Campylobacter: causes and solutions for poultry

Once campylobacter gets into a flock it spreads like wildfire, and there is an increasing link between bird health and its succeptability, according to Prof Tom Humphrey of the University of Liverpool.

Prof Humphrey has had a long career in microbiology, studying zoonosis. He was behind the drive for salmonella vaccines in laying hen flocks and, as the health challenge of the day moved on, so has his research.

Campylobacter is now an area of specialism, but solving it is not going to be quite as straightforward as getting salmonella under control. “I believe we will get there with campylobacter, but I think it’s become a rather longer journey than we thought it was going to be – and a far more complicated one.”

He explains that complexity lies in the mutability of campylobacter. It is able to take up DNA from other bacteria, grows rapidly and its composition develops lots of “mistakes” along the way, meaning the bug has huge variability. This makes creating an effective vaccine incredibly tricky, according to Prof Humphrey.

It’s also found in most animals and is endemic in the environment, but poultry is considered the number one source for infection in humans. Prof Humphrey estimates about 750,000 people a year are taken ill in some way.

Risk factors

Although poultry is the main vehicle for infection, the bug can also be picked up in drinking water, lakes or streams, contaminated fields, puppies or kittens and unpasteurised milk. A long incubation period – between three and 10 days – makes it difficult sometimes to discover the exact source.

It has not been definitively established what causes chickens to become colonised with campylobacter, says Prof Humphrey, but once a single bird has passed the bacteria through its digestive tract, it will multiply and spread incredibly quickly through the rest of a flock.

Some researchers have suggested vertical transmission from parent stock, but that “doesn’t seem to be the case”. Having poultry sheds near cows, however, is one known way to increase risk.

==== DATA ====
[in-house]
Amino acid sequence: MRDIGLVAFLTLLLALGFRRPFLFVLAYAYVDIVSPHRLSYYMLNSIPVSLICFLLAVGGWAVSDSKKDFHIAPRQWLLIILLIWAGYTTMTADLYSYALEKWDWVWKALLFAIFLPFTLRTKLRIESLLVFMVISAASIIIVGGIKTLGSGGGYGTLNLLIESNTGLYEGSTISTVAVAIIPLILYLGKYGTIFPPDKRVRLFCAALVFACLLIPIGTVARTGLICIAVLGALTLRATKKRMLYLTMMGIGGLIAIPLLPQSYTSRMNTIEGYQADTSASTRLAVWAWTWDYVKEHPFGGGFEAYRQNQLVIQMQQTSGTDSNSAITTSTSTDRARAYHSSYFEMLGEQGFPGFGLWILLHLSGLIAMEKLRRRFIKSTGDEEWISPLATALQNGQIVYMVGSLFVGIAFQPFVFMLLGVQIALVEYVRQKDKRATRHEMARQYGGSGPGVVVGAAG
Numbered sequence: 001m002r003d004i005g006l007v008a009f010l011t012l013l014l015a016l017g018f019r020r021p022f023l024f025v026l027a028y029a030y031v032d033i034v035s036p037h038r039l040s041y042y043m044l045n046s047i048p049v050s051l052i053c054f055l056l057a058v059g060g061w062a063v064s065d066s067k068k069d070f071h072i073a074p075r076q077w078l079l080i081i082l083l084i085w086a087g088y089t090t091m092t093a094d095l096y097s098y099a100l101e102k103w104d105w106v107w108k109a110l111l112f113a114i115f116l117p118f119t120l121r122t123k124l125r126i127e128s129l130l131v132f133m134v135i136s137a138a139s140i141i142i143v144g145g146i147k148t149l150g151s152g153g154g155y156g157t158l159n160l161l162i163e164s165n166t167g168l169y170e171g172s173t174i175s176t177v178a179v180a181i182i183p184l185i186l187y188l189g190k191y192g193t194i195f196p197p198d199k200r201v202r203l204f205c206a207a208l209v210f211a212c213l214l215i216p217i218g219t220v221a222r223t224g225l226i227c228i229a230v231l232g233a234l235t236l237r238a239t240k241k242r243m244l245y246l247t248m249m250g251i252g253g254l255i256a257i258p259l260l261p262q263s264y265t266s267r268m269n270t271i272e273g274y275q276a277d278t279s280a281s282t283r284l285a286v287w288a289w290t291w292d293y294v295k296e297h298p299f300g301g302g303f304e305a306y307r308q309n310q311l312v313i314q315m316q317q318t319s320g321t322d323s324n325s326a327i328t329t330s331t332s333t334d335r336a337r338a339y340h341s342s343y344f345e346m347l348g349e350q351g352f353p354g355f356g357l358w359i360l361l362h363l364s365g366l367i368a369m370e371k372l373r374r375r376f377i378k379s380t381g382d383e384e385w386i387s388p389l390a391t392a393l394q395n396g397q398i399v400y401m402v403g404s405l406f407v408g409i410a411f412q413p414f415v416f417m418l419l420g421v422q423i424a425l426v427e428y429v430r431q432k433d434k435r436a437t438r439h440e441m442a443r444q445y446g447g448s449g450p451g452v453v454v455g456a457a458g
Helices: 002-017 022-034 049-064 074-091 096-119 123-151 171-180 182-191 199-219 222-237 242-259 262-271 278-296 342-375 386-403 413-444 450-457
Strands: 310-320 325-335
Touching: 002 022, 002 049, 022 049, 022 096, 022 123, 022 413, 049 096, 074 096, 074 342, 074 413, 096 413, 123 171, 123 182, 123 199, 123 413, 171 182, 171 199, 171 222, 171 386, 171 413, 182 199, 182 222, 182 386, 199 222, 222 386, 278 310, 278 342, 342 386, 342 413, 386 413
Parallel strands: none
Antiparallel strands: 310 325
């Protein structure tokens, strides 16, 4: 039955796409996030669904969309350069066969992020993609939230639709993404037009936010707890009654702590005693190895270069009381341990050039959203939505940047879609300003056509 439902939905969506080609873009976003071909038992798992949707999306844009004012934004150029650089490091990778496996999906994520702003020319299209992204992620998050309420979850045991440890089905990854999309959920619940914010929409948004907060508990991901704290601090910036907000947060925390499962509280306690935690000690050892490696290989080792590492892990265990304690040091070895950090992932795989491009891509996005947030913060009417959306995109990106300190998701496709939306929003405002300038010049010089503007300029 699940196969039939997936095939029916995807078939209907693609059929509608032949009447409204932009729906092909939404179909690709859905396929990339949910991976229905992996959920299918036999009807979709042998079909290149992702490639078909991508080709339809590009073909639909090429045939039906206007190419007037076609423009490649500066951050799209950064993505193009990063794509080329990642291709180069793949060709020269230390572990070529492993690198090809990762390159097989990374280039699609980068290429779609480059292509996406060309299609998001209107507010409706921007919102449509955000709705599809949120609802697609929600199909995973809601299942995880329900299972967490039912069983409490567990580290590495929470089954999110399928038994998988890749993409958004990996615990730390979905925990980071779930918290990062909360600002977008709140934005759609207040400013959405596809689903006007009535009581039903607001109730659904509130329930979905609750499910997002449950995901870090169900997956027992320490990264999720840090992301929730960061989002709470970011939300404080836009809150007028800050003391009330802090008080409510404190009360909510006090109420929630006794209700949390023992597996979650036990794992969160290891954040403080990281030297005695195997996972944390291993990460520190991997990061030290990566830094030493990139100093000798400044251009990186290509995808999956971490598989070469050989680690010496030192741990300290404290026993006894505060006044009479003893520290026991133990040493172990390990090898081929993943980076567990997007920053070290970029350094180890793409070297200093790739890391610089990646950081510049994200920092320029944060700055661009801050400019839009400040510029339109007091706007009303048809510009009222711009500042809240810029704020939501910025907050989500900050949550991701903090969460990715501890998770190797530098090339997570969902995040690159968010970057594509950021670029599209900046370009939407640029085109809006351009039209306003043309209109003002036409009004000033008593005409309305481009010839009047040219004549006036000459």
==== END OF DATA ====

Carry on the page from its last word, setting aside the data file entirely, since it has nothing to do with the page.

Although biosecurity may help, it is “very difficult to maintain every minute of every day,” says Prof Humphrey, and there is some indication that it is not totally effective even when in place.

Flock health

There are increasing links between the health of a flock and whether it tests positive for campylobacter, according to Prof Humphrey. Both E coli and foot problems such as hock burn and pododermatitis seem to correlate with a flock testing positive.

“The organism first colonises animals that are more vulnerable. Once that process has been completed, and the campy has come out the other end, it can spread around.

“If you pass a campylobacter through a chicken, its ability to infect another chicken is much higher – that explains the ratchet between bird health and welfare and campylobacter.”

The idea that campylobacter is commensal – harmless or even helpful to the gut – in chickens is also not accurate. “It’s not harmless, it’s controlled. They stay where they are in the gut because the immune system recognises them as a potential threat.”

This was found in a study where birds were fed either a commensal lacobaccilus or a campylobacter bug, with campy initiating an immune response that the harmless bacteria did not.

Increasingly, campylobacter is now causing performance problems in poultry, suggesting that it can make birds ill, especially if there is another health challenge in the flock. “With some birds and some strains of campylobacter, the animals seem to have almost a human-like response: they get diarrhoea.”

The human cost

It’s no surprise that campylobacter has been listed as the number one concern for the Food Standards Agency – it can cause long-term, serious health concerns in a small percentage of human cases.

The bug has been attributed to people developing wheat or gluten intolerances, or other permanent dietary disorders and can even damage the autoimmune system. Other long-term problems associated with campylobateriosis include reactive arthiritis, eye damage, irritable bowel syndrome and progressive paralysis.

Those that are luckier can expect several days of abdominal pain, nausea and diarrhoea before symptoms clear up on their own.

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